LPB chronicles comeback of LA Black Bear

MGN Online
Friday, December 6, 2013 - 1:12pm

Two decades ago, the Louisiana Black Bear was on the brink of extinction, but today it is on the rebound. The latest episode of Louisiana Public Broadcasting’s six-part wildlife series Alive! In America’s Delta, Black Bear Comeback, documents efforts to save this iconic species.

LPB producers and photographers spent a year following Louisiana biologists on the forefront of the recovery effort, gaining unprecedented access to these threatened animals in the wild and capturing unique insights from those fighting to protect them. The new documentary premieres Monday, Dec. 9 at 7 p.m. on LPB-HD.

“Louisiana Department of Wildlife and Fisheries biologists have proven time and again that species recovery is possible when staff time and resources are made available to make it happen,” said LDWF Secretary Robert Barham. “In this state that has been true for the alligator, the bald eagle, the brown pelican, white tailed-deer, wild turkey – and now the black bear.”

The Louisiana Black Bear, a subspecies of the American Black Bear, was immortalized as the inspiration for the “Teddy Bear” during an infamous bear hunt by President Theodore “Teddy” Roosevelt in the Mississippi River Delta in the early 1900s. Find out why this bear has captured America’s imagination and adoration for more than a century, and the lengths some will go to save them.

When the Louisiana Black Bear was listed as threatened in 1992 under the Endangered Species Act, there were estimated to be fewer than 300 of them left in the world. Today, innovative programs to reestablish these animals and restore their habitat through improved land management, high-tech monitoring and public education are enabling the recovery. And, through successful partnerships between LDWF, the U.S. Fish and Wildlife Service, the Black Bear Conservation Coalition, and hundreds of private citizens, Louisiana Black Bears could soon be removed from protected status.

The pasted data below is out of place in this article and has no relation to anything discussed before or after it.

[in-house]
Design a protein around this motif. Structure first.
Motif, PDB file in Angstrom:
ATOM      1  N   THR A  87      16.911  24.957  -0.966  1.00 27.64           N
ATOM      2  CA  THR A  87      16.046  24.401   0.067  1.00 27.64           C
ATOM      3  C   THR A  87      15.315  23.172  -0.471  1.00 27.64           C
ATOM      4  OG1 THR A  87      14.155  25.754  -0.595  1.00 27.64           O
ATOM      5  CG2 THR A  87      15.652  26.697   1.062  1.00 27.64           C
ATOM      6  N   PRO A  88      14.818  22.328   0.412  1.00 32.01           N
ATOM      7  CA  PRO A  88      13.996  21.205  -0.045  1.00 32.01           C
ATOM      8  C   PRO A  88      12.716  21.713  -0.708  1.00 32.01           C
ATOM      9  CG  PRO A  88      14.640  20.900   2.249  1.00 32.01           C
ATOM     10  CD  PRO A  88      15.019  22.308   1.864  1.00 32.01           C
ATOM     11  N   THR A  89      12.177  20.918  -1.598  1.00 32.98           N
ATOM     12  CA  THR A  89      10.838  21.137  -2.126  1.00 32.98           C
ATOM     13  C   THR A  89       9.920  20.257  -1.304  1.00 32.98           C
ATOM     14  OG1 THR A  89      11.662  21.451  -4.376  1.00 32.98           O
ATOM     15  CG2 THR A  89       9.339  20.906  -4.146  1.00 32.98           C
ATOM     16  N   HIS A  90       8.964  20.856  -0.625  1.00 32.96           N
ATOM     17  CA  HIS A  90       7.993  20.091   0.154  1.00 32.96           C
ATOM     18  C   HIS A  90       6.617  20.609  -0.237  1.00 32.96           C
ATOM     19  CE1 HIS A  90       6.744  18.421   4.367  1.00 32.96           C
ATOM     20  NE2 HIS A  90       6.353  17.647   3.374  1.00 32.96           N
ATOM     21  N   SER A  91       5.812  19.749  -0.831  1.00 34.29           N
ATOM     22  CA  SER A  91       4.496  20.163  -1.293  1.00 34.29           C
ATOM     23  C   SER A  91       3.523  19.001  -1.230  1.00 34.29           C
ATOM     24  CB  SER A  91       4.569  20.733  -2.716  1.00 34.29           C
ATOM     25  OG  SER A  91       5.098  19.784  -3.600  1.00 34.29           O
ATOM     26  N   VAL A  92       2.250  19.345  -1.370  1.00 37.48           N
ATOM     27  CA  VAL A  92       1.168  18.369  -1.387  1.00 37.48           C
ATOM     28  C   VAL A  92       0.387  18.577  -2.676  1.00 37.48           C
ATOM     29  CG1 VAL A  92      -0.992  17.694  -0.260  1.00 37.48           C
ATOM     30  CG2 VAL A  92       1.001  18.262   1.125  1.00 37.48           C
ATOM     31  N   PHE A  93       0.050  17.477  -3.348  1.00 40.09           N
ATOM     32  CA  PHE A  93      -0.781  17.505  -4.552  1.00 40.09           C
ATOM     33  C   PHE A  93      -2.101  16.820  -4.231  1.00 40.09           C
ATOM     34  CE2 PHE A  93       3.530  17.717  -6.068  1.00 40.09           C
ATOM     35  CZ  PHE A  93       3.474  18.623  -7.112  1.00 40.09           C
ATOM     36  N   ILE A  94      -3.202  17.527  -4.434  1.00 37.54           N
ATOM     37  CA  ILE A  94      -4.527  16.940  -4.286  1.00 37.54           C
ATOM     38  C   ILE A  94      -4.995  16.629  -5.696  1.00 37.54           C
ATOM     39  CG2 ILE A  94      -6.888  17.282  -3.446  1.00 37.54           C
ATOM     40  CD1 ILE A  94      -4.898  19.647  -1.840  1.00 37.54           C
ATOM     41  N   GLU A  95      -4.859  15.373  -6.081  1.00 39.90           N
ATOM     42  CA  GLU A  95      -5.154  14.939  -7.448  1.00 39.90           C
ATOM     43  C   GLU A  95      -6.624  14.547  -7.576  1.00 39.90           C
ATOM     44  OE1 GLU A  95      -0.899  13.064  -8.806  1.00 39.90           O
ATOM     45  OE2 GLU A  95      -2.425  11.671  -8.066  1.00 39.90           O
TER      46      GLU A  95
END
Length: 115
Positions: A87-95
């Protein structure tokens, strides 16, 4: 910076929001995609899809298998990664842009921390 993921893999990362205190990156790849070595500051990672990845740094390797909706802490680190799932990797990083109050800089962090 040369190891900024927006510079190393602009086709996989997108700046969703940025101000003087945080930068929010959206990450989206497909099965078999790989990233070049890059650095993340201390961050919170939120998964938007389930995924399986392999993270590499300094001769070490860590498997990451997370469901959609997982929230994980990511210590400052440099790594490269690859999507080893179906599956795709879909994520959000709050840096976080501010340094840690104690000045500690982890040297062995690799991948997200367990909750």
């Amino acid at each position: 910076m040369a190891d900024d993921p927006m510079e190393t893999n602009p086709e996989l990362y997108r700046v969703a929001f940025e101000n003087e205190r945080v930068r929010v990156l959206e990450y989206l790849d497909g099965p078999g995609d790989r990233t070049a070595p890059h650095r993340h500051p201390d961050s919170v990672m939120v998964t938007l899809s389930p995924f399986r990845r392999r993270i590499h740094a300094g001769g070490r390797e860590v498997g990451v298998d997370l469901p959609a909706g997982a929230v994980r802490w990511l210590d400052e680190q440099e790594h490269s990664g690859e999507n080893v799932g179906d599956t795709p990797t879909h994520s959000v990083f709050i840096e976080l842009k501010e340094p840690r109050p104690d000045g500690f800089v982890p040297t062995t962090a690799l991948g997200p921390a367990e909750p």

New studies documenting the bear population in coastal St. Mary Parish and Iberia Parish and another in Point Coupee Parish are nearly complete and will be a critical factor in making that decision. Maria Davidson, LDWF’s Large Carnivore Program manager, estimates that there are now between 500 and 1,000 bears in the state and the population is continuing to grow.

“Once that data has been interpreted, either recovery has occurred and it is a sustainable population or it hasn’t,” Davidson said. “I personally believe we have recovered the bear and that’s what the data will show.”

The results of the U.S. Geological Survey’s study are expected in early January, and once the data is analyzed, the U.S. Fish and Wildlife Service will determine whether the Louisiana Black Bear can be removed from the federal Endangered Species List.

Black Bear Comeback was produced by LPB’s Liz Barnes, shot by Rex Q. Fortenberry and Gary Allen and edited by Fortenberry. The musical soundtrack was provided by Emmy-winner Mike Esneault. Christina Melton is the Project Director and Senior Producer of the Alive! In America’s Delta six-part series. Underwriting support for the series has been provided by LDWF.

The LPB network includes KLPA-DT in Alexandria, WLPB-DT in Baton Rouge, KLPB-DT in Lafayette, KLTL-DT in Lake Charles, KLTS-DT in Shreveport and KLTM-DT in Monroe.

There will be an encore showing of the first episode in the series, Whooping Cranes Majestic Return, on Dec. 9 immediately following the Black Bear episode. Both shows will re-air on Sunday, Dec. 15 starting at 5 p.m. on LPB. Live streaming access to the programs will be available on www.lpb.org/live on Monday, Dec. 9 at 7 p.m., and both programs will then be available on-line through the end of December at www.lpb.org/alive.

Black Bear Comeback will air in New Orleans on WLAE- TV32 on Jan. 3 at 8:30 p.m. Whooping Cranes Majestic Return will air Jan.17 at 8:30 p.m. on WLAE.

For more information, contact Bob Neese at LPB, ph. 1-800-272-8161 or bneese@lpb.org, or Bo Boehringer at LDWF, ph. 225-765-5115 or bboehringer@wlf.la.gov. 

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